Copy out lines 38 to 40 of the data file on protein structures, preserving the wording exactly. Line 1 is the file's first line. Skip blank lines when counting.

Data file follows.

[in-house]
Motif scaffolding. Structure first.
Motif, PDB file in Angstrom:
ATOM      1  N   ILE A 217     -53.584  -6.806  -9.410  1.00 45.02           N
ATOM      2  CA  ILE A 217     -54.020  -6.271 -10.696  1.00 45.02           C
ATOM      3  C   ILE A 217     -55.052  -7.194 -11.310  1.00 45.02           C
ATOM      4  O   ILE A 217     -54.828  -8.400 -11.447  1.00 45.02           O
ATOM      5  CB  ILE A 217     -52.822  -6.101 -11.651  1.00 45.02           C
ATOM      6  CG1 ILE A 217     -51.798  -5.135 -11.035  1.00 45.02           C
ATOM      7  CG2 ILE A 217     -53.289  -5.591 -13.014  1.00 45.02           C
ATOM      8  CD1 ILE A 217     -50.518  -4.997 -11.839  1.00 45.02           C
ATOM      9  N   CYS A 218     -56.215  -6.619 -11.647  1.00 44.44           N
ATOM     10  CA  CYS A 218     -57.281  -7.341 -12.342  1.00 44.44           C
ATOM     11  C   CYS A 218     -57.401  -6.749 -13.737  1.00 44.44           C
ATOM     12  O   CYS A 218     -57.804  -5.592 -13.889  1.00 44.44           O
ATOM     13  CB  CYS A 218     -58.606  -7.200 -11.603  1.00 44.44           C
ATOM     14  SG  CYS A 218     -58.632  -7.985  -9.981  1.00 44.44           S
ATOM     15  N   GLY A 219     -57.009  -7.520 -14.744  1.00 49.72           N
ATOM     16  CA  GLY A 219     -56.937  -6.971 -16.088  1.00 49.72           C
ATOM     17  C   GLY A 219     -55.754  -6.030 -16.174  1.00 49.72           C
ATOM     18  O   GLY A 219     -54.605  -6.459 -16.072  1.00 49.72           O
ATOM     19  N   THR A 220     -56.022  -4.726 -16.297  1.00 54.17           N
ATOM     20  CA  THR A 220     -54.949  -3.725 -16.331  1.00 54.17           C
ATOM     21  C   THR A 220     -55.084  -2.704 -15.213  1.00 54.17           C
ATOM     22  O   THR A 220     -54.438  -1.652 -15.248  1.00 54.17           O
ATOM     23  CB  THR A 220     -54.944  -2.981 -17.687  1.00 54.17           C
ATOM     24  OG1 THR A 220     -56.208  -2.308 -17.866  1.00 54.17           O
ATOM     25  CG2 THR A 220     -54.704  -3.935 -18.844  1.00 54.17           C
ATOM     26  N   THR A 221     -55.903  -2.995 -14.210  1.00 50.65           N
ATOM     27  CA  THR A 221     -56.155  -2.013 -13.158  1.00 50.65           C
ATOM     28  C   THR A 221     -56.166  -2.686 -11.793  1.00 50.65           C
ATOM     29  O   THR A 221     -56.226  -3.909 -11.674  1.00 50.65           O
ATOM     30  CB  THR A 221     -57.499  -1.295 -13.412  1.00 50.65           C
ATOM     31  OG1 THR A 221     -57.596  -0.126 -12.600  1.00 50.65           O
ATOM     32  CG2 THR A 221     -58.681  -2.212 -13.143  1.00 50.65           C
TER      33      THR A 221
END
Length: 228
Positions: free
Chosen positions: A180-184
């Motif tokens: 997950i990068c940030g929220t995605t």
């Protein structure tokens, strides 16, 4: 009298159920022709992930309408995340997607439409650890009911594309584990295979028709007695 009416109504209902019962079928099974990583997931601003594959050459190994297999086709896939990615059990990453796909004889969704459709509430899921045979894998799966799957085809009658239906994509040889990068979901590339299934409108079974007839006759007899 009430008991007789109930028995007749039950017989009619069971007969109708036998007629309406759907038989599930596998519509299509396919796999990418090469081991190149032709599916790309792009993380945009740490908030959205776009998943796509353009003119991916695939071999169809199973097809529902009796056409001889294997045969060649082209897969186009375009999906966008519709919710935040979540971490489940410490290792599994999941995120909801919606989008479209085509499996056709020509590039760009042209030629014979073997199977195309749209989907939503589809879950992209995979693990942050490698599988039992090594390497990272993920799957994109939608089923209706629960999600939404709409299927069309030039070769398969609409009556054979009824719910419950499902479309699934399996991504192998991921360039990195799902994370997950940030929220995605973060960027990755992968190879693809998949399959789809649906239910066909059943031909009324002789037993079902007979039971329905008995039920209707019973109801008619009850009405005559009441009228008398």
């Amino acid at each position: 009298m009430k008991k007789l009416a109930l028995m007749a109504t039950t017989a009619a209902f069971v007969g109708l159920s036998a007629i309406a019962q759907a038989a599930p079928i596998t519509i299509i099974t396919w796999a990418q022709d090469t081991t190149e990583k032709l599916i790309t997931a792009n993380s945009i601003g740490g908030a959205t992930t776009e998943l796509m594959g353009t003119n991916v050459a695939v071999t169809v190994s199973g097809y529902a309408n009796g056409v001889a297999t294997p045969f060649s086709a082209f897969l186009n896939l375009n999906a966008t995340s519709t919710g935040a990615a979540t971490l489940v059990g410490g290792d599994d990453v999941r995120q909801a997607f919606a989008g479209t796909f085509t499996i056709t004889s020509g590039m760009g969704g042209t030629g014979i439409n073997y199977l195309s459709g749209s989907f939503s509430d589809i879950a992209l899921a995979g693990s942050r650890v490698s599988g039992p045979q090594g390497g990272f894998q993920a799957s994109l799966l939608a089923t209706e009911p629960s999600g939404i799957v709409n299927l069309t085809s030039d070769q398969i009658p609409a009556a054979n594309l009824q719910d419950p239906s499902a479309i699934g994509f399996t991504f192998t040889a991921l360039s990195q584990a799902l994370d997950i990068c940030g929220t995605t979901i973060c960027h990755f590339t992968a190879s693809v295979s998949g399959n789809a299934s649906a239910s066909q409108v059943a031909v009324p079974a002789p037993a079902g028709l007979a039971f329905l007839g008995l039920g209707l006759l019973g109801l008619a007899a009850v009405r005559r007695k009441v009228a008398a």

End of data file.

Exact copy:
Length: 228
Positions: free
Chosen positions: A180-184